However, I am a good listener and open to diverse ideas, which is a strength I have developed during my studies. The collaborative and teamwork approach used in my graduate school studies have instilled in me the desire to brainstorm through complex challenges to gather diverse workable ideas. Consequently, as an immediate plan, I would have called for a brainstorming meeting of all stakeholders related to a public health crisis and used the forthcoming ideas to develop a concrete, comprehensive, and agreeable plan to confront the pandemic in its initial stages and avoid overwhelming the healthcare system.


   The covid-19 pandemic stretched the American healthcare system, particularly that in the state of New York in unimaginable ways. New York’s leadership faltered at the initial stages of the pandemic because of poor communication, refusal to accept new ideas from professionals, and superiority wrangles between the governor and mayor of New York City. Consequently, these leaders did not practice transformational leadership as prescribed by Kouzes and Posner’s leadership practices model at the initial stages of the pandemic, leading to high infection and mortality rates. However, these challenges would have been surmounted through collaborative planning with openness to new ideas and coherent communication among the leadership of New York.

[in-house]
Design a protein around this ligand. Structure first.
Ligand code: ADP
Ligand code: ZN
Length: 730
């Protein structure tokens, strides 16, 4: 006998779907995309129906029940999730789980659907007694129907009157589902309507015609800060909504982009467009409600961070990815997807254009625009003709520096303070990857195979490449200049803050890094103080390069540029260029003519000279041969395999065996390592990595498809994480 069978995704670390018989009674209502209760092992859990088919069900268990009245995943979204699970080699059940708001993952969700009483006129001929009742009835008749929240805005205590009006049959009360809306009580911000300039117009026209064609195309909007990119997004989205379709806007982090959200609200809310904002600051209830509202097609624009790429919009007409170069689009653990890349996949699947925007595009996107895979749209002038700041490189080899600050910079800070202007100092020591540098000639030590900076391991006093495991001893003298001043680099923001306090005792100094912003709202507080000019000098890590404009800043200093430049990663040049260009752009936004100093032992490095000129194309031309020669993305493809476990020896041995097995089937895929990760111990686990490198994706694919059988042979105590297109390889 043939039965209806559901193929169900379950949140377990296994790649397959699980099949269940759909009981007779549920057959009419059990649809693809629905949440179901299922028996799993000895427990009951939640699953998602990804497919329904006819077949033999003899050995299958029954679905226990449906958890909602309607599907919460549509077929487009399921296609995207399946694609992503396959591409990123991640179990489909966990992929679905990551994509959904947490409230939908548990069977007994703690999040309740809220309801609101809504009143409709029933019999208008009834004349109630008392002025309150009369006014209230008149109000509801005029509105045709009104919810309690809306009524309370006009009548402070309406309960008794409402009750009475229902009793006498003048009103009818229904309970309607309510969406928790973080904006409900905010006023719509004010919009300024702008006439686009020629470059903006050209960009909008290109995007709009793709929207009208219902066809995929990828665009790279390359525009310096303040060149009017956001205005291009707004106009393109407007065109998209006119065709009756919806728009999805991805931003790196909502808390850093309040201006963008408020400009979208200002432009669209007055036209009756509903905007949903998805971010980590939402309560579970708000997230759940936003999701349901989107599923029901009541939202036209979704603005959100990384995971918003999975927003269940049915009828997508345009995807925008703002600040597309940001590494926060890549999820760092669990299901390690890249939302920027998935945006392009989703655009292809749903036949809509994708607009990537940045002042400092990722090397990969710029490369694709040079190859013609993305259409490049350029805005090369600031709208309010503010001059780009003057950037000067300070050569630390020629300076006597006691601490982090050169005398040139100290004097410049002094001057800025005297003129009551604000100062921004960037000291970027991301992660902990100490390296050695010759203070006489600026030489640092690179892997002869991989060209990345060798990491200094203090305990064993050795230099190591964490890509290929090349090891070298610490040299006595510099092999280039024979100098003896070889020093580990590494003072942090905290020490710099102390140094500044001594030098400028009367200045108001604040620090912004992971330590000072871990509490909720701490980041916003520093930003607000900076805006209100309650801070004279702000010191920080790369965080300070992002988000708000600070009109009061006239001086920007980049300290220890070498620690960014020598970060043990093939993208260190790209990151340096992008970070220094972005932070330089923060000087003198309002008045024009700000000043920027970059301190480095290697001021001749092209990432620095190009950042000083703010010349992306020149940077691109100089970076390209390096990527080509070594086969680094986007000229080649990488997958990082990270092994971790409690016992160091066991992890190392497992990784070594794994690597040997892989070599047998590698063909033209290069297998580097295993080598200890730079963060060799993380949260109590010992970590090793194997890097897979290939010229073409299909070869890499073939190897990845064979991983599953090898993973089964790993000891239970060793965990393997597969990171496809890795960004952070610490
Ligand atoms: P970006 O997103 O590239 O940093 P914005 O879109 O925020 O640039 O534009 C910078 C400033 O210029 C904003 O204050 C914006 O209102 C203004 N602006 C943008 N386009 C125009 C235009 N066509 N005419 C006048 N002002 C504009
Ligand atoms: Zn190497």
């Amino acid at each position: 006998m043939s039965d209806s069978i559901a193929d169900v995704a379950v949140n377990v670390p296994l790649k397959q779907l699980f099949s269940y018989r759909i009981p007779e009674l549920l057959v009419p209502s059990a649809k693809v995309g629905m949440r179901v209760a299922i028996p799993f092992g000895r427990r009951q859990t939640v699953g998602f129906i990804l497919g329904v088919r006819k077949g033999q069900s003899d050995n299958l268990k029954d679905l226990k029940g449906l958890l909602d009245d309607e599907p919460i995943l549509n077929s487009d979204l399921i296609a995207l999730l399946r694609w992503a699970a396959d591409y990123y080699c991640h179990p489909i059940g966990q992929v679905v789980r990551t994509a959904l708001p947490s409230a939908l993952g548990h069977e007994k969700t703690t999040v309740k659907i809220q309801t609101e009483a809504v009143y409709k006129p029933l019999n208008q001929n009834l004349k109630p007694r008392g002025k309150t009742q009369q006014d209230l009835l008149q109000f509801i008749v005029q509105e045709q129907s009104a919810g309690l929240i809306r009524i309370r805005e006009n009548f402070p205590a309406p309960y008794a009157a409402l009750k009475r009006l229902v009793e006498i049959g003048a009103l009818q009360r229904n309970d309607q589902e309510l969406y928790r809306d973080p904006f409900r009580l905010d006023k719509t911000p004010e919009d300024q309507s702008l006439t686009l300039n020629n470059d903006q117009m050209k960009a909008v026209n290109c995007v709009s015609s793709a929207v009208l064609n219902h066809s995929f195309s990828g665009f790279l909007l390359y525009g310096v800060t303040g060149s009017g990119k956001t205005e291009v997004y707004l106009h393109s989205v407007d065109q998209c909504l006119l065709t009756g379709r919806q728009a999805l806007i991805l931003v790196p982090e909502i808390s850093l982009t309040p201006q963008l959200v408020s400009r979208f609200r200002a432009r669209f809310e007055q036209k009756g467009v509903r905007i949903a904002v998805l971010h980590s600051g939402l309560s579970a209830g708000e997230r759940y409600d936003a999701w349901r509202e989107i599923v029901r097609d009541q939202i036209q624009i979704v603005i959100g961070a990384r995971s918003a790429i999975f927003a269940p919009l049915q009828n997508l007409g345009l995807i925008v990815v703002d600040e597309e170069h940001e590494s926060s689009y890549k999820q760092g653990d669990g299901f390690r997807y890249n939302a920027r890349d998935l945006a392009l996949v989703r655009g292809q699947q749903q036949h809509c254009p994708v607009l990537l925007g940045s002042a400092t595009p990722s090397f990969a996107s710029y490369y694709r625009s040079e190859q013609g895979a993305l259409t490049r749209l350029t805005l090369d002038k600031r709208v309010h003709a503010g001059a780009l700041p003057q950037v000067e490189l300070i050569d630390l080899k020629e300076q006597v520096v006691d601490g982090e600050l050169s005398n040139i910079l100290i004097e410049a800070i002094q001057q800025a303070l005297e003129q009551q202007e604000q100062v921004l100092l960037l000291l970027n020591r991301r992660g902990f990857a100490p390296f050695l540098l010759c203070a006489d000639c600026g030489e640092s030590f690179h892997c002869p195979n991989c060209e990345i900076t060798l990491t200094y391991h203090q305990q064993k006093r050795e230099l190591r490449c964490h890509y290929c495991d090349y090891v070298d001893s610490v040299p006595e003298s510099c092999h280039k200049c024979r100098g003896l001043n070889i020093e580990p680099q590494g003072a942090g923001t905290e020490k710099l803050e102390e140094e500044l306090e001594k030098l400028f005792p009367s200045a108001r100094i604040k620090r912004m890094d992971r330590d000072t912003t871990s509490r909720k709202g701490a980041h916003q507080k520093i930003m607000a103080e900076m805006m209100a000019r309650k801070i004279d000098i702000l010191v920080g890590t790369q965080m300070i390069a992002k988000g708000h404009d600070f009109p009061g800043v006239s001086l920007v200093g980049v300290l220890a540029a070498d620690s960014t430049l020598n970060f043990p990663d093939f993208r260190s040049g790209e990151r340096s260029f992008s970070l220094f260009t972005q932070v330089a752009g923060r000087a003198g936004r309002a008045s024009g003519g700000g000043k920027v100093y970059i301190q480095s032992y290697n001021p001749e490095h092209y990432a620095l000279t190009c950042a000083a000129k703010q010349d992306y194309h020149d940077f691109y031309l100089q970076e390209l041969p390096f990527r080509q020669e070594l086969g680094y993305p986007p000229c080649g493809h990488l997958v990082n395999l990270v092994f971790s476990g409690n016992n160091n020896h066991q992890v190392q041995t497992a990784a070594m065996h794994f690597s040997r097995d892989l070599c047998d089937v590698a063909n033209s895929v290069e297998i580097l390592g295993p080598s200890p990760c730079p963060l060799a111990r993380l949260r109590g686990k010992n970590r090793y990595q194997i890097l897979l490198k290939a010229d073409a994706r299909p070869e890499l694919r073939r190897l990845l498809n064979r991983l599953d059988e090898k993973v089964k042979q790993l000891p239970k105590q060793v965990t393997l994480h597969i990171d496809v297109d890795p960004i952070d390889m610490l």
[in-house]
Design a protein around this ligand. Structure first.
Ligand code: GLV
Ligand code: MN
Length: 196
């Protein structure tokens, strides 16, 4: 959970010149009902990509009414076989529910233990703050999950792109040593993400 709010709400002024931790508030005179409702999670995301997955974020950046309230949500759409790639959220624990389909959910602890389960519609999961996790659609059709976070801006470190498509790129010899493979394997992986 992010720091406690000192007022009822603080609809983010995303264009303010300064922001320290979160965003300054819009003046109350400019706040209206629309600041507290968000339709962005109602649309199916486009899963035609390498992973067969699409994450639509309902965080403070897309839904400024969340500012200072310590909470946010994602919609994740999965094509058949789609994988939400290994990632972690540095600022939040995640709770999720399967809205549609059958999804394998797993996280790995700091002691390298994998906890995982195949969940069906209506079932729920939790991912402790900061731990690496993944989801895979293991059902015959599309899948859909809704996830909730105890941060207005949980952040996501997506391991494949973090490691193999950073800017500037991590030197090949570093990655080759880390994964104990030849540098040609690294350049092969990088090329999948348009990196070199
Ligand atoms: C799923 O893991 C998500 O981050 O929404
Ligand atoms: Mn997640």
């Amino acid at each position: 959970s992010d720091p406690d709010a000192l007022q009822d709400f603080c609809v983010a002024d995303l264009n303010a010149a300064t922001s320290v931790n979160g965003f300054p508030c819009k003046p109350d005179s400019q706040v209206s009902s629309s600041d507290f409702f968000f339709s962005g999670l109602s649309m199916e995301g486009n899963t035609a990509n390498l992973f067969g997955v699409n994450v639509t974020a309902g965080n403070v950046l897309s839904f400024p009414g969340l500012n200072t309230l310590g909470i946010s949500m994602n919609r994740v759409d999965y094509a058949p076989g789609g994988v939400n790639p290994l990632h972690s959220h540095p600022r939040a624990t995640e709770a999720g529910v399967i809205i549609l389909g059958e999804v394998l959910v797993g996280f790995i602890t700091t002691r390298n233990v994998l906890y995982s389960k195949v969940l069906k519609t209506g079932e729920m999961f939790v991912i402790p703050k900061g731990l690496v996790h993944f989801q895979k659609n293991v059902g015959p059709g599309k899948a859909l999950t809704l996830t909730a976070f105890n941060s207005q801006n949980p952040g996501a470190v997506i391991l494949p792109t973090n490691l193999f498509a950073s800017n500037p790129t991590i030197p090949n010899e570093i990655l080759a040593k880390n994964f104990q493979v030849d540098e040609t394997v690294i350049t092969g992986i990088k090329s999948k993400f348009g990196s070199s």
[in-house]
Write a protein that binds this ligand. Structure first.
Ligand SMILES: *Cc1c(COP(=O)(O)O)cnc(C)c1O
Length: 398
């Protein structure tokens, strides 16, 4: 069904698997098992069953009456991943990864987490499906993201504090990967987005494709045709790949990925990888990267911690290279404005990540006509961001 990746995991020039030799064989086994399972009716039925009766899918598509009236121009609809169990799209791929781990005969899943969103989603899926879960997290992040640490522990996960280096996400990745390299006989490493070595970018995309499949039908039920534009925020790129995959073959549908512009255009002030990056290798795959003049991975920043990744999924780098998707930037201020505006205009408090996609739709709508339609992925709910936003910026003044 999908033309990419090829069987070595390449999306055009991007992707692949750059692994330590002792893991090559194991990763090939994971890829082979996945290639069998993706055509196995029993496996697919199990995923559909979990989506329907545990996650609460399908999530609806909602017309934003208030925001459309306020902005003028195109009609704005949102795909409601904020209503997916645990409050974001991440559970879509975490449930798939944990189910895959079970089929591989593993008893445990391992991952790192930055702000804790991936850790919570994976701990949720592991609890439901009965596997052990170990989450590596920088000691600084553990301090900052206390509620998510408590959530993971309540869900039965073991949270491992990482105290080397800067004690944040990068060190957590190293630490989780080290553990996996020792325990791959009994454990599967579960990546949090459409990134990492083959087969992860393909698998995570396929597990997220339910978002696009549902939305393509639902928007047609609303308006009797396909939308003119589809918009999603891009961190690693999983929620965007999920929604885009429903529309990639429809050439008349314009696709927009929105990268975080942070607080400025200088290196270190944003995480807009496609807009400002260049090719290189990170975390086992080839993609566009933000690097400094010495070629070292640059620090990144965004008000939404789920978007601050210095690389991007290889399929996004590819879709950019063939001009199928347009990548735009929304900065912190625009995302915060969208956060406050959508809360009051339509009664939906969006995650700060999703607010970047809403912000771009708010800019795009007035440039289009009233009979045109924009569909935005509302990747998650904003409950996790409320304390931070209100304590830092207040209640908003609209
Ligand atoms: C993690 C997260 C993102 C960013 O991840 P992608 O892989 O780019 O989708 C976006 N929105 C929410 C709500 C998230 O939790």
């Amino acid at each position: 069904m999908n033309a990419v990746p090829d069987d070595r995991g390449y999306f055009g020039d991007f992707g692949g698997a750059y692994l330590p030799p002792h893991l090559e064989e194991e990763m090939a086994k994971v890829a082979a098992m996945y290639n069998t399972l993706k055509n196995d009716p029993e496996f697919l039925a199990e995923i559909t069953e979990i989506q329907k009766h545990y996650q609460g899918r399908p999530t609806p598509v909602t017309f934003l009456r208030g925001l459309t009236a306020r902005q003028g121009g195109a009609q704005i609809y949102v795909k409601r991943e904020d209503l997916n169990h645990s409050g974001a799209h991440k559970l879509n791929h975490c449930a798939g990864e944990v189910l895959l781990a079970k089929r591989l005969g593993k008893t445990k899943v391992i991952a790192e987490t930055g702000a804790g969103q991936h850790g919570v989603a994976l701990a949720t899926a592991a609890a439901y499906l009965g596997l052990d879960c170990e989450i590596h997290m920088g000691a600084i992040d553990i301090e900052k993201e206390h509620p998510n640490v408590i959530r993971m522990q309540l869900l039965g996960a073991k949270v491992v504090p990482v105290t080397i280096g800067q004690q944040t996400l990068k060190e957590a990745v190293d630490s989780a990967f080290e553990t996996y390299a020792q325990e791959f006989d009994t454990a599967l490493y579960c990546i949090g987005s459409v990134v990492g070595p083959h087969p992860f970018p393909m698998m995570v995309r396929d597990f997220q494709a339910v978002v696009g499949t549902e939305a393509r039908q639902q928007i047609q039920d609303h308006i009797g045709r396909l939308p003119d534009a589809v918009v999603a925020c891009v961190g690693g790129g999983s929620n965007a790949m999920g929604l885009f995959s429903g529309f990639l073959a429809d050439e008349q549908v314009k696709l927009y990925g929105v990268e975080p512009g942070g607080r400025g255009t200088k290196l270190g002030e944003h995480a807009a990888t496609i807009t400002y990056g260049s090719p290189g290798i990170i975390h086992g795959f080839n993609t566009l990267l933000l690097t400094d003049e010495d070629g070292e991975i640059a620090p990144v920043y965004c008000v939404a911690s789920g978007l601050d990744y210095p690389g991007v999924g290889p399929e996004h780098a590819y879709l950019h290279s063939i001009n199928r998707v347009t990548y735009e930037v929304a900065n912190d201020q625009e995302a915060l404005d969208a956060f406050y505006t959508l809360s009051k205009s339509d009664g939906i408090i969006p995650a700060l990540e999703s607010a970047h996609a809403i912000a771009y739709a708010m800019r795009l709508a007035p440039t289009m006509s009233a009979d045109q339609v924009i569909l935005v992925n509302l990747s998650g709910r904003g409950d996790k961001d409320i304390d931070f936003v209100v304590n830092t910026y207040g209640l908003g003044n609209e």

Kouzes, J. M., & Posner, B. Z. (2011). The five practices of exemplary leadership . John Wiley & Sons.

Lopez, G. (2020). How New York Gov. Andew Cuomo failed, thenn succeeded, on Covid-19. Vox. Retrieved from https://www.vox.com/future-perfect/21401242/andrew-cuomo-coronavirus-covid-pandemic-new-york

McKinley, J. Ferre-Sadurni, L, Rubistein, D., and Goldstein, J. (2020). How the feud between Cuomo and de Blasio led to a chaotic virus crackdown. The New York Times. Retrieved from https://www.nytimes.com/2020/10/12/nyregion/cuomo-coronavirus-orthodox-shutdown.html.

Ramachandran, S., Kusisto, L., & Honan, K. (2020). How New York’s coronavirus response made the pandemic worse. New York Times. Retrieved from https://www.wsj.com/articles/how-new-yorks-coronavirus-response-made-the-pandemic-worse-11591908426

Thompson, C. N., Baumgartner, J., Pichardo, C., Toro, B., Li, L., Arciuolo, R., … & Fine, A. (2020). COVID-19 Outbreak—New York City, February 29–June 1, 2020. Morbidity and Mortality Weekly Report69(46), 1725-1729. https://doi.org/10.15585/mmwr.mm6946a2